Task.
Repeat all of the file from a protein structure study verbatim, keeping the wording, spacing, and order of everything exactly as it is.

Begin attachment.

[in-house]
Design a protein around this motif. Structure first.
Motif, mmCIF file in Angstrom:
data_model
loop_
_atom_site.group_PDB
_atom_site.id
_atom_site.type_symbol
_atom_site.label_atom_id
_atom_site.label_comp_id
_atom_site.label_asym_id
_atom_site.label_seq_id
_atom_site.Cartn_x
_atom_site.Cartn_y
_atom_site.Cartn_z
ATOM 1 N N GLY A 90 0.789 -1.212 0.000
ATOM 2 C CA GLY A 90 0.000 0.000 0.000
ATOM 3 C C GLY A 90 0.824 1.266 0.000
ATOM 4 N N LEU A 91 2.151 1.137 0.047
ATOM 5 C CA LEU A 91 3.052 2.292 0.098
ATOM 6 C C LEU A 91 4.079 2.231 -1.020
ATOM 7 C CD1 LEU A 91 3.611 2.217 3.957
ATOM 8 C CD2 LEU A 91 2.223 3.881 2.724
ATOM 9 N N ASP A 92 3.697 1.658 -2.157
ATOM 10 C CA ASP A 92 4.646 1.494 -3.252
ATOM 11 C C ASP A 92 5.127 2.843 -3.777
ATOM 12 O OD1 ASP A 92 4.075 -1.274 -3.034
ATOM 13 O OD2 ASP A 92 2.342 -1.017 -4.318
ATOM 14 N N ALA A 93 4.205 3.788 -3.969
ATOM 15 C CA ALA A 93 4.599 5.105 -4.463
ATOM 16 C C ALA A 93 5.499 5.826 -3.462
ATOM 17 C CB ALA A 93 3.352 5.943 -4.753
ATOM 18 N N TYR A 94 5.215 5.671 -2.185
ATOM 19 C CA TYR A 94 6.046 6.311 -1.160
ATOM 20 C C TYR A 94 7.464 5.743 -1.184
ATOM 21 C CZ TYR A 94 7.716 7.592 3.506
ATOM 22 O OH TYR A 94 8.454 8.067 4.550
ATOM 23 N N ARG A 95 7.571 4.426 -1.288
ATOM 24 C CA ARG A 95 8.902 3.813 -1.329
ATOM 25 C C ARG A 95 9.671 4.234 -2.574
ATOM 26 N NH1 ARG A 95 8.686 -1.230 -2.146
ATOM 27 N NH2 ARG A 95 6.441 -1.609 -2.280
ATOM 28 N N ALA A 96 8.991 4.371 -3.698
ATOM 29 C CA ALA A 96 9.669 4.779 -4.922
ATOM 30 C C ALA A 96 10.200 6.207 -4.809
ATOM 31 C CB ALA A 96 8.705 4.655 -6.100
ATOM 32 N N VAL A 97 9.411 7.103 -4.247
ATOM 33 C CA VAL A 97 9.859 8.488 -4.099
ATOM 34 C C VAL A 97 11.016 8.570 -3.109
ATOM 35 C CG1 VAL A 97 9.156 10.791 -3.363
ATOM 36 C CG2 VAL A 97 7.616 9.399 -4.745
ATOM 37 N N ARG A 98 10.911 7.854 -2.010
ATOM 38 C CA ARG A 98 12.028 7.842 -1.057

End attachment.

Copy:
[in-house]
Design a protein around this motif. Structure first.
Motif, mmCIF file in Angstrom:
data_model
loop_
_atom_site.group_PDB
_atom_site.id
_atom_site.type_symbol
_atom_site.label_atom_id
_atom_site.label_comp_id
_atom_site.label_asym_id
_atom_site.label_seq_id
_atom_site.Cartn_x
_atom_site.Cartn_y
_atom_site.Cartn_z
ATOM 1 N N GLY A 90 0.789 -1.212 0.000
ATOM 2 C CA GLY A 90 0.000 0.000 0.000
ATOM 3 C C GLY A 90 0.824 1.266 0.000
ATOM 4 N N LEU A 91 2.151 1.137 0.047
ATOM 5 C CA LEU A 91 3.052 2.292 0.098
ATOM 6 C C LEU A 91 4.079 2.231 -1.020
ATOM 7 C CD1 LEU A 91 3.611 2.217 3.957
ATOM 8 C CD2 LEU A 91 2.223 3.881 2.724
ATOM 9 N N ASP A 92 3.697 1.658 -2.157
ATOM 10 C CA ASP A 92 4.646 1.494 -3.252
ATOM 11 C C ASP A 92 5.127 2.843 -3.777
ATOM 12 O OD1 ASP A 92 4.075 -1.274 -3.034
ATOM 13 O OD2 ASP A 92 2.342 -1.017 -4.318
ATOM 14 N N ALA A 93 4.205 3.788 -3.969
ATOM 15 C CA ALA A 93 4.599 5.105 -4.463
ATOM 16 C C ALA A 93 5.499 5.826 -3.462
ATOM 17 C CB ALA A 93 3.352 5.943 -4.753
ATOM 18 N N TYR A 94 5.215 5.671 -2.185
ATOM 19 C CA TYR A 94 6.046 6.311 -1.160
ATOM 20 C C TYR A 94 7.464 5.743 -1.184
ATOM 21 C CZ TYR A 94 7.716 7.592 3.506
ATOM 22 O OH TYR A 94 8.454 8.067 4.550
ATOM 23 N N ARG A 95 7.571 4.426 -1.288
ATOM 24 C CA ARG A 95 8.902 3.813 -1.329
ATOM 25 C C ARG A 95 9.671 4.234 -2.574
ATOM 26 N NH1 ARG A 95 8.686 -1.230 -2.146
ATOM 27 N NH2 ARG A 95 6.441 -1.609 -2.280
ATOM 28 N N ALA A 96 8.991 4.371 -3.698
ATOM 29 C CA ALA A 96 9.669 4.779 -4.922
ATOM 30 C C ALA A 96 10.200 6.207 -4.809
ATOM 31 C CB ALA A 96 8.705 4.655 -6.100
ATOM 32 N N VAL A 97 9.411 7.103 -4.247
ATOM 33 C CA VAL A 97 9.859 8.488 -4.099
ATOM 34 C C VAL A 97 11.016 8.570 -3.109
ATOM 35 C CG1 VAL A 97 9.156 10.791 -3.363
ATOM 36 C CG2 VAL A 97 7.616 9.399 -4.745
ATOM 37 N N ARG A 98 10.911 7.854 -2.010
ATOM 38 C CA ARG A 98 12.028 7.842 -1.057